The experience of the capturing Amin’s palace showed that it was necessary to train special units for work abroad. During the destruction of military facilities in France, airborne soldiers received a “one-way ticket.” Without knowledge of the French language, the surviving conscripts (serve for 2 years) had to “go into the forest, into the partisans”, as during the Second World War. On the basis of regular servicemen of the KGB border troops, saboteurs and KGB officers, the “Vympel” (Pennant or Pennon) group was created in 1981 under the “C” department of the First Main Directorate of the KGB. The group was the successor of the work of the “Express” team of the INO NKVD under the leadership of Yakov Serebryansky, and then Pavel Sudoplatov, who committed sabotage in France in the 1920s and 30s. The group is intended for sabotage and special operations abroad in all countries of the world. The training of the employees of the “Vympel” group lasted almost 5 years and included the mountain training, the diving, the mine blasting, the hand-to-hand combat, parachuting, shooting from different types of the weapons. The task was to deliver a portable nuclear bomb (16 kg or 4×16 = 64 kg) to destroy important objects. Unlike the soldiers of the Airborne Forces, the “Vympel” fighters were fluent in foreign languages ​​and knew the country where they needed to work. French was considered one of the main languages, as I had to work in Africa and Latin America. In Angola, for example, the fighters of the “Vympel” group were with Soviet instructors (advisers) and used the uniform of the Cuban army.
The participation of Soviet troops in local wars and conflicts, in Vietnam, in the Arab-Israeli wars, in Africa and Latin America is also part of the Cold War, but this will be written separately, as well as about secret special operations abroad.

We single out the war in Afghanistan especially, as it has many different features. It is especially necessary to note the great variety and mixing of the uniforms of the Soviet troops in Afghanistan. Even in one group of 10 people (squad), we see the uniform of the 1969 model, both regular and summer versions, the new one, called “Afghan” or “experimental”, a wide variety of technical clothing and special-purpose clothing that has appeared. Special Forces soldiers were very fond of light and comfortable uniforms for helicopter maintenance, receiving as a friend or for vodka (the traditional form of currency in the Soviet army). The technical uniform of pilots in Afghanistan served as a prototype for the creation of a special special forces uniform under the unofficial name “Mabuta” (named after the African dictator). This uniform was made of lightweight material, had no identification marks and served for unofficial operations abroad. In Afghanistan, Chinese-made trophy ammunition and grenade unloading belts, jokingly called “Afghan Women’s Bra”, were also used. By the end of the 80s, the Soviet analogue “Belt A” and “Belt B” were made in small quantities. Instead of heavy boots “sapogi” in Afghanistan, foreign Adidas-type sneakers were massively used during the operations.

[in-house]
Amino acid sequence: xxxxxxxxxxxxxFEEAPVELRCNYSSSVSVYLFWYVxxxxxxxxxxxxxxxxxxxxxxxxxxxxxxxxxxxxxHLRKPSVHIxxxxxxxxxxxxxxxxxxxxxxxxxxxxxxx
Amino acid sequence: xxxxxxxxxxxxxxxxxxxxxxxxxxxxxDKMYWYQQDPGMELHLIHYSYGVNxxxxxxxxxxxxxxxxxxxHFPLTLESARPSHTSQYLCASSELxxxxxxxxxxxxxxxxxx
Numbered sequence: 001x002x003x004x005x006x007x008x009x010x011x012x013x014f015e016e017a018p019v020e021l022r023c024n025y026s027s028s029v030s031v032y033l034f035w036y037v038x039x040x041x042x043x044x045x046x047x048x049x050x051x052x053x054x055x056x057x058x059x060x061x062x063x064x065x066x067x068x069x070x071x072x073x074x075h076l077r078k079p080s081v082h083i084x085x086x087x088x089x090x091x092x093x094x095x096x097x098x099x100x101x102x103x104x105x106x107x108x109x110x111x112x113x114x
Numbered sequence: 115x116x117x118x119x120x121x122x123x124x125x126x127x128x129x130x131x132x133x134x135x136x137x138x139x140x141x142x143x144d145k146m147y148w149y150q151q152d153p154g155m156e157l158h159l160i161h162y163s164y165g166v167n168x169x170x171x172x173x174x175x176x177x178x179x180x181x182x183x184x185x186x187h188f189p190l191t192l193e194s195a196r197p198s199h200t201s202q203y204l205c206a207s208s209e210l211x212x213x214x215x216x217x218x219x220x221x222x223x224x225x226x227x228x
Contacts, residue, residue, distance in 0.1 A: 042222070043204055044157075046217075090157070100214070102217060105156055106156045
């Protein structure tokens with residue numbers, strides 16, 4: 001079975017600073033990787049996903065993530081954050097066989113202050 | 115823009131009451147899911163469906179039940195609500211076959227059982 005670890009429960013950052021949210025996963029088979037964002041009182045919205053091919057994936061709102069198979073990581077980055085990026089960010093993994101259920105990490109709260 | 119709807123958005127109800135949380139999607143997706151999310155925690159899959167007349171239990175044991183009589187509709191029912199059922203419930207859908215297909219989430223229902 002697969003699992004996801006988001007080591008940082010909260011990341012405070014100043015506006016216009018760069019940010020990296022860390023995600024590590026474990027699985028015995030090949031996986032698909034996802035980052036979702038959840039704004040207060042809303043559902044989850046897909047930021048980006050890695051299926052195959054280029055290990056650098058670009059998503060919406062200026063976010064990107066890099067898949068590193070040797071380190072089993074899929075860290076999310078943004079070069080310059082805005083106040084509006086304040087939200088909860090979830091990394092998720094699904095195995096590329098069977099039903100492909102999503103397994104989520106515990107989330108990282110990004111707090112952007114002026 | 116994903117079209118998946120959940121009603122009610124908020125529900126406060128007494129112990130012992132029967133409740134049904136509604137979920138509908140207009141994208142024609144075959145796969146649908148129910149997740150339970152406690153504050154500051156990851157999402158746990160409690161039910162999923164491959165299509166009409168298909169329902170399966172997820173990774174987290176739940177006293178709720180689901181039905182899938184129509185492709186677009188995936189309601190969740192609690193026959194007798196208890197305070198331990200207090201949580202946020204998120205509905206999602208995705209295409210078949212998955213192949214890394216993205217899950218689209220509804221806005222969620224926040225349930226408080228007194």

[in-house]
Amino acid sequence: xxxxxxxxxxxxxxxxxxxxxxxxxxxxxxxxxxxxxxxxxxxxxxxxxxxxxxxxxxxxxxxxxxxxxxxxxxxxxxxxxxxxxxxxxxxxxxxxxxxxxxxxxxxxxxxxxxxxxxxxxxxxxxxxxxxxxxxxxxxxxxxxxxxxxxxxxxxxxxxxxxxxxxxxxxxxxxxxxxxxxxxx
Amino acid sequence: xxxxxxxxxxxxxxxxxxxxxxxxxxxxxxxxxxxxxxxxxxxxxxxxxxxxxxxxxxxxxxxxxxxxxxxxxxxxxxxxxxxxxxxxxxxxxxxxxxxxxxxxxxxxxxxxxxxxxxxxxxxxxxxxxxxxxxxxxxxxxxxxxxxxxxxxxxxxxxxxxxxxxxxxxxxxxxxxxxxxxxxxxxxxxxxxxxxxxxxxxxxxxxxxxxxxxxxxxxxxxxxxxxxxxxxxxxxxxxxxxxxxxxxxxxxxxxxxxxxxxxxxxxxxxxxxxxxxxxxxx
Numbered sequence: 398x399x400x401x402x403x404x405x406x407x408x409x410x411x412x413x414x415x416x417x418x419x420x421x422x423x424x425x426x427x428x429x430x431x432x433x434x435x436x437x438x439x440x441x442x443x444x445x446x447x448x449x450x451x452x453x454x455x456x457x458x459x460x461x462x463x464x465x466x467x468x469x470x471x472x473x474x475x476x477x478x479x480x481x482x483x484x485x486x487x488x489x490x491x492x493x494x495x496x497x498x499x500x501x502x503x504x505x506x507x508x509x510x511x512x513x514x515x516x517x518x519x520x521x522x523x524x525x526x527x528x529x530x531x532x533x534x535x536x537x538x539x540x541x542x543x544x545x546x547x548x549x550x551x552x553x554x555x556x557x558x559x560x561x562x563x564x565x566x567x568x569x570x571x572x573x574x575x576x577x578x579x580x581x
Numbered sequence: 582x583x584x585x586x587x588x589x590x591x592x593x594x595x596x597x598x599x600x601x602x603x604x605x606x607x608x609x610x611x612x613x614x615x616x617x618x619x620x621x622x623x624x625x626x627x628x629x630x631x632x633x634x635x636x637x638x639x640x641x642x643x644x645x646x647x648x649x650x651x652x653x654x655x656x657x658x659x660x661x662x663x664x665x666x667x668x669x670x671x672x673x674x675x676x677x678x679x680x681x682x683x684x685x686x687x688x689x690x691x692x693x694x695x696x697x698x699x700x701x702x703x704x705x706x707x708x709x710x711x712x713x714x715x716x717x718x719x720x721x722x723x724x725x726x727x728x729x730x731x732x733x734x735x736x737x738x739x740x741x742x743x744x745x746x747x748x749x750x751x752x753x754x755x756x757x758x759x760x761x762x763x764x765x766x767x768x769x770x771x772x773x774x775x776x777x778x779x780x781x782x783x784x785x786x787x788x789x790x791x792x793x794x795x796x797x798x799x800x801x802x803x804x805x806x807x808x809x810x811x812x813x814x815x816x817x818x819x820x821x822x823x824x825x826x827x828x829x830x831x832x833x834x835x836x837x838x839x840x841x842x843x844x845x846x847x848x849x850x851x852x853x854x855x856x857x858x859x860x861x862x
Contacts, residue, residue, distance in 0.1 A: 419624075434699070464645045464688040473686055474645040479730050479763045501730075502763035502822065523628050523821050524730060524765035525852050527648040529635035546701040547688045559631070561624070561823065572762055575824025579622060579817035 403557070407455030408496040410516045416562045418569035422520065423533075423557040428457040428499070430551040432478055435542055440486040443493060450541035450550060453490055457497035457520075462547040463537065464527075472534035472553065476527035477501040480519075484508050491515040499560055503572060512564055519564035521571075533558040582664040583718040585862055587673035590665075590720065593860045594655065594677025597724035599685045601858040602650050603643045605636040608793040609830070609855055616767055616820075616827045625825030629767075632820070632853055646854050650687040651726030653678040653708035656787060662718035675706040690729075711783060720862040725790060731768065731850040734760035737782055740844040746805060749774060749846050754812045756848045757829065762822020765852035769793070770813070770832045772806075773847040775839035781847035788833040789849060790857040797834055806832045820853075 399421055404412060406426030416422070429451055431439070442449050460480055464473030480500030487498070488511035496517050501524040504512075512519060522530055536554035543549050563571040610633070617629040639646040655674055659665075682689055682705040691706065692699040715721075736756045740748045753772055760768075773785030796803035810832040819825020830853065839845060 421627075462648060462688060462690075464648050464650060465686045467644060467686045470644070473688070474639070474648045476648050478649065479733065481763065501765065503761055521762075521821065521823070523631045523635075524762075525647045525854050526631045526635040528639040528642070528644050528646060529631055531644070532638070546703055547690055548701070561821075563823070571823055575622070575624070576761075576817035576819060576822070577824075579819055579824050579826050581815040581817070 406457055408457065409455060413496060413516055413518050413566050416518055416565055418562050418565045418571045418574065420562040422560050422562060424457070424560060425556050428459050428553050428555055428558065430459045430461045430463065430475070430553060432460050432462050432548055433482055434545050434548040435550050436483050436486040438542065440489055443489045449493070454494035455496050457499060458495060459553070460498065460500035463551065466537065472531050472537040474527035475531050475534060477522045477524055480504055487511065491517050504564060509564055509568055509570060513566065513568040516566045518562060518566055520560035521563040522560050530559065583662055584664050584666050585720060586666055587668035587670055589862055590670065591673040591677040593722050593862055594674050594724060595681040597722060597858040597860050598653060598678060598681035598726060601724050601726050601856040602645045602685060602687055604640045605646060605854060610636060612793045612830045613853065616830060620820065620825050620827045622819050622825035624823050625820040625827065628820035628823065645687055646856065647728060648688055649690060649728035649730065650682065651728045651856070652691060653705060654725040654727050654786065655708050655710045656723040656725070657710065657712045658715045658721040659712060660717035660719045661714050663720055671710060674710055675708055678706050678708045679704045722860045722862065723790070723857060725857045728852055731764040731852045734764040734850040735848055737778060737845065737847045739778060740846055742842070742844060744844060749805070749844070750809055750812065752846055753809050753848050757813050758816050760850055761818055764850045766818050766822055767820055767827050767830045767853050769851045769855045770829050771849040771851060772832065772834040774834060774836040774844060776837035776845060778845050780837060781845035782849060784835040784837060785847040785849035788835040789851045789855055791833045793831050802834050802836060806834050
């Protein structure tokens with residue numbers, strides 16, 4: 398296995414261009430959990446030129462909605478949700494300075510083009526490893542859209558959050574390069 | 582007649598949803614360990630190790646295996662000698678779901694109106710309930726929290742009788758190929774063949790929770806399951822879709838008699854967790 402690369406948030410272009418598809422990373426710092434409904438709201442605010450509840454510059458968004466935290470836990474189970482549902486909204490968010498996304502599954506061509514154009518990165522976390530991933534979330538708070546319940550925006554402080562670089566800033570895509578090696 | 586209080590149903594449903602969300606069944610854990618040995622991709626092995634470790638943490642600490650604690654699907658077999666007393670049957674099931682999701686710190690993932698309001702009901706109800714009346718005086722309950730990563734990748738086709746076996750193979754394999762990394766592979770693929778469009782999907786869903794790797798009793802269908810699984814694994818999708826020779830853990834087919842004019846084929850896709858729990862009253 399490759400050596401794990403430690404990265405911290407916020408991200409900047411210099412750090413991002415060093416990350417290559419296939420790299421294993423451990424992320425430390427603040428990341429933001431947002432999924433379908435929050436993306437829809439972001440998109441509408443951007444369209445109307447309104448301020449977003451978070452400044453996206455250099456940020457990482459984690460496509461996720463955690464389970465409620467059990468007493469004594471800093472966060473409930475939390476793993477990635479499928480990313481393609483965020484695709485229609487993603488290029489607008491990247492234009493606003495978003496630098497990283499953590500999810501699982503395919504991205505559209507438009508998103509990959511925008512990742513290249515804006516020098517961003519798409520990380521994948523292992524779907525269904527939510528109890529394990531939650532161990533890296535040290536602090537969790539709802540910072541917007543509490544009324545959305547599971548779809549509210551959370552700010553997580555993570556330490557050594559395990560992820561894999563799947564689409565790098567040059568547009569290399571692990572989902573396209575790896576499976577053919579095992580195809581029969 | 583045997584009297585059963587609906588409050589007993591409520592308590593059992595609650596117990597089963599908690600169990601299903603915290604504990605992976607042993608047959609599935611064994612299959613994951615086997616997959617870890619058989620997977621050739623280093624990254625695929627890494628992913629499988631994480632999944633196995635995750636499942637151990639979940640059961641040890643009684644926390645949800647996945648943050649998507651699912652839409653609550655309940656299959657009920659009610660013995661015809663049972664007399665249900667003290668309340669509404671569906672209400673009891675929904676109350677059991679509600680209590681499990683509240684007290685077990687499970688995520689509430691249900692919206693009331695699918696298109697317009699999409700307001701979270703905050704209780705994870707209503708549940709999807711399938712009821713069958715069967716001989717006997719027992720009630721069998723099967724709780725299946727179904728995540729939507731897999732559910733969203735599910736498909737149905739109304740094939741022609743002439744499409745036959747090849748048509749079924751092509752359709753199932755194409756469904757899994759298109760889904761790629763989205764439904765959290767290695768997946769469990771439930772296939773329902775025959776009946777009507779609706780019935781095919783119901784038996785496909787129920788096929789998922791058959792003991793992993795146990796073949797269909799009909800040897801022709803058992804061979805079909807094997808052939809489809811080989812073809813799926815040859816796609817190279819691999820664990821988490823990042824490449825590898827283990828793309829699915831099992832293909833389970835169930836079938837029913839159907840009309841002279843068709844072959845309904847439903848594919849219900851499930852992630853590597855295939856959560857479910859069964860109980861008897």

Important events of the Cold War era include the accident at the Chernobyl nuclear power plant. This event clearly showed what a nuclear war and radioactive contamination of the area are. The liquidation of the accident was carried out by the army and “civil defense troops”. Many data on the effects of radiation on humans are still classified. During the work, the servicemen used a new, “Afghan” uniform with patch pockets, a dosimeter in their pocket and a respirator on their faces.
The experience of liquidating the Chernobyl accident made changes to the uniform in the event of an offensive by Soviet troops on French territory after a limited (or not) use of the nuclear weapons. Instead of the usual OZK made of dust-moisture-proof rubber, it was planned to wear cotton protective jackets and trousers over the usual uniform, which are more comfortable in hot conditions.
A conventional offensive into Europe as far as Paris and the English Channel during the “special period” has been planned every year since the Second World War. To do this, exercises were periodically held using troops and tanks on terrain similar to the European Theater of Operations. The officers were trained in the offensive operations of tanks in Europe by teachers at the Academy of the Armored Forces (Moscow). Periodically, “command and staff exercises” took place, when Paris was captured by Soviet tanks on maps. In addition to the heavy T-10M tanks, which can go on the attack even after the use of tactical nuclear weapons, there were light amphibious tanks of the PT-76 type. During World War II, on the D-Day of the Allied landings in Normandy, the US and British armies lost a large number of tanks. Waves and enemy fire were the main causes of losses, so Soviet engineers developed amphibious tanks with this sad experience in mind. Soviet amphibious tanks were supposed to land under enemy fire from the English Channel in Great Britain or on the Black Sea on the shores of Turkey, a NATO country.

With the collapse of the USSR, great changes took place, the Cold War was transformed into local wars between the former republics of the USSR, and what is now happening is what is already being called “Cold War v.2.0”